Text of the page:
Two Nations Separated By a Common Language: An American’s Experience in Oxford

![Terrible food, awful service, but nice buildings. (Carl J. Kelm/The Stanford Review)](/content/uploads/HPIM2052.jpg)
Terrible food, awful service, but nice buildings. (Carl J. Kelm/The Stanford Review)
The United Kingdom is literally and figuratively stuck in an island between Europe and the United States. They speak our language, avoid the Euro, and tend to support our foreign policy, but also embrace many aspects of the welfare state and the European way of living. The English (and Continental Europeans even more so) do not live in a fast-paced lifestyle in the way that we do. Differences in culture and work habits were most evident in restaurants as service was slower, my perpetual orders of Diet Coke were not refilled for free, and the food portions were smaller. In America, we need quick, efficient service to keep us fueled for the day. In the United Kingdom, time is less valuable. I did not consider myself to be a big eater before my trip began, but I found that in England I was almost never full. This unsatisfying feeling can be accounted for by the fact that the food is not as good and also less abundant. After a couple weeks of eating dining hall food at Magdalen College, I gave up on my meal plan and began eating lunch at Subway on most days. The bland fawn and minced meat could not compete with a fresh American-designed Chicken Teriyaki Sub.

The “customer is always right” mentality largely does not exist in England. Rules are strictly enforced. I remember being at “The Turf,” which is the historic pub where Bill Clinton allegedly “did not inhale” a certain substance while a Rhodes scholar, and being shocked that the bar was closed at 10:31 on Sunday night. After I tried to bargain that I just wanted bottled drinks for my group of friends, the bartender just blankly said “sorry, it’s tradition to close at 10:30 on Sunday.” A nearby customer walked over as if confronting a criminal barbarian and growled at me, “it helps to know the rules, Yankee.” In the United Kingdom, tradition matters more than consumerism. In America, consumerism is our tradition.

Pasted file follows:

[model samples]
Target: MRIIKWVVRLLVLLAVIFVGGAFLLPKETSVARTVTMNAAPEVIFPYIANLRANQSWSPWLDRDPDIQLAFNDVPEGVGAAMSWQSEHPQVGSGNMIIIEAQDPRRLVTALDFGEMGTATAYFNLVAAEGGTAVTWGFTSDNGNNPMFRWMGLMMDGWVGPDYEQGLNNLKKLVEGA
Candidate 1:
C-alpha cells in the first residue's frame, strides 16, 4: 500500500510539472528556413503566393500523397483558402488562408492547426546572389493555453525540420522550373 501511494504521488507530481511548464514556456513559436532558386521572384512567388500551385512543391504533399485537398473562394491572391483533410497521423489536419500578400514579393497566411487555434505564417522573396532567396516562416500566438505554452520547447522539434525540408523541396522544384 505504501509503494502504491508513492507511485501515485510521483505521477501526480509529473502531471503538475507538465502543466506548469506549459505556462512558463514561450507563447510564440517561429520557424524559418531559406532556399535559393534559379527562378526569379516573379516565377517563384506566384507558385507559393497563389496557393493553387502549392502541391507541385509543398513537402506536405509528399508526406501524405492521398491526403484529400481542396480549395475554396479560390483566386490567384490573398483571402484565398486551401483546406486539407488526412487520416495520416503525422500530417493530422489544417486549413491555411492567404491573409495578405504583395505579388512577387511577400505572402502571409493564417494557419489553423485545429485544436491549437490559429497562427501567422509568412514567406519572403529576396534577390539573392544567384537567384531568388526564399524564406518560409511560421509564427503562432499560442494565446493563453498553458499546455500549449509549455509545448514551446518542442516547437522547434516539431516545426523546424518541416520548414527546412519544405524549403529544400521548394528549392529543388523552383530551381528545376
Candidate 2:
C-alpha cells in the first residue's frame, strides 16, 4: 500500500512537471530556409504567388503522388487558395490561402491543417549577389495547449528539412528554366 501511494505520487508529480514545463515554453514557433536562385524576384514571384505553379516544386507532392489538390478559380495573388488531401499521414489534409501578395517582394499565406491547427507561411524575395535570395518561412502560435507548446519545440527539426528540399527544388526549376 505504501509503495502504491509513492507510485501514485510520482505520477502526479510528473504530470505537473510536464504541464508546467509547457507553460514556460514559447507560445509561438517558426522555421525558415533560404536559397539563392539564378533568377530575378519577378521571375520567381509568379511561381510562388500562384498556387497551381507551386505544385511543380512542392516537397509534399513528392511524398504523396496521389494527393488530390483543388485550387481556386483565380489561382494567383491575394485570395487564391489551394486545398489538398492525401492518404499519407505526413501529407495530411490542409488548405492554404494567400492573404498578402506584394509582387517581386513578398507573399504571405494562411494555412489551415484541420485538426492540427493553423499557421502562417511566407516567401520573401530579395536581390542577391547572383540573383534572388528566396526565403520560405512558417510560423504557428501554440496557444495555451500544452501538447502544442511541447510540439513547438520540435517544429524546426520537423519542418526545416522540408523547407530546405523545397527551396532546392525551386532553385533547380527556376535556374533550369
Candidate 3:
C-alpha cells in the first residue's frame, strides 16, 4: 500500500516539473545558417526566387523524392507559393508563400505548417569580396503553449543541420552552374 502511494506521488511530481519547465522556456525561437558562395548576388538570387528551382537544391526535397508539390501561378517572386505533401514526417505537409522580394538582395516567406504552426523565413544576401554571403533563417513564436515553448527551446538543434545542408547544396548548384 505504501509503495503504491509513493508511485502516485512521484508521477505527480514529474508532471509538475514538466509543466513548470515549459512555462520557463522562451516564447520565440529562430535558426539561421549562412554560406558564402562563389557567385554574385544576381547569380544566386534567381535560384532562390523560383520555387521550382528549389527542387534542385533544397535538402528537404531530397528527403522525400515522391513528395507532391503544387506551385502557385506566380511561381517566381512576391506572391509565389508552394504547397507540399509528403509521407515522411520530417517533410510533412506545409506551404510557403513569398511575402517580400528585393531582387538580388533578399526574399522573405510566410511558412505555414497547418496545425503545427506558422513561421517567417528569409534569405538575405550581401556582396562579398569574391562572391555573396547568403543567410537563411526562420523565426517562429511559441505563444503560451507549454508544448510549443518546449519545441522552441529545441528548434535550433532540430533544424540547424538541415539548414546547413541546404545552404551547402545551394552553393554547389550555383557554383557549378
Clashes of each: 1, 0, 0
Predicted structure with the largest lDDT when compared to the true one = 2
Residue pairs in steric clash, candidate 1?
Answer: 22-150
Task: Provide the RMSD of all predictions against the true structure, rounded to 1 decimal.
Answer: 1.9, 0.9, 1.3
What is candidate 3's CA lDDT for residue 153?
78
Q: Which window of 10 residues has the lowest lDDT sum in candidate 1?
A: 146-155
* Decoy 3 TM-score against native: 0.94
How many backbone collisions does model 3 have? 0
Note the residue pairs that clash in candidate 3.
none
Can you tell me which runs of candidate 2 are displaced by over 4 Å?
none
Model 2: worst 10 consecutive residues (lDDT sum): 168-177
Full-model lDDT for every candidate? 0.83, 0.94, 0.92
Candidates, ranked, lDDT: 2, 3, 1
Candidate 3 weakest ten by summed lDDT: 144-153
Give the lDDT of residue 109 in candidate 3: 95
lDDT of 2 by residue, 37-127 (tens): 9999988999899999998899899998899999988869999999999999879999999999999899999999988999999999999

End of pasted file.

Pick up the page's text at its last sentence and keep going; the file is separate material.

I came to Oxford with one goal in mind: get out of the United States for a few months. Having lived over two decades in only this country, I was ready for an adventure. From the onset on the trip, I realized that I was different, and that they knew I was different. It might have been the gym shoes, the shorts, or even the White Sox hat that I wore on my flight across the Atlantic Ocean, but somehow it seemed that everywhere I went people knew that I was an American. This happened before I even opened up my mouth and revealed my Mid-Western accent.

Still, the experience overall was very positive and I would have enjoyed another quarter there if my schedule had worked out. The combination of living in a beautiful, historic city, having tutorials on subjects I enjoyed studying, taking daytrips to London, and sharing a house with 45 other enthusiastic Stanford students was a constantly energizing experience that I will not soon forget. While I enjoyed my quarter, and would not have minded spending extra time in England, in the long run I need a type of environment where my Diet Coke is enthusiastically refilled for free. Thankfully, I get to live in America where such service is possible.

Subscribe to the Stanford Review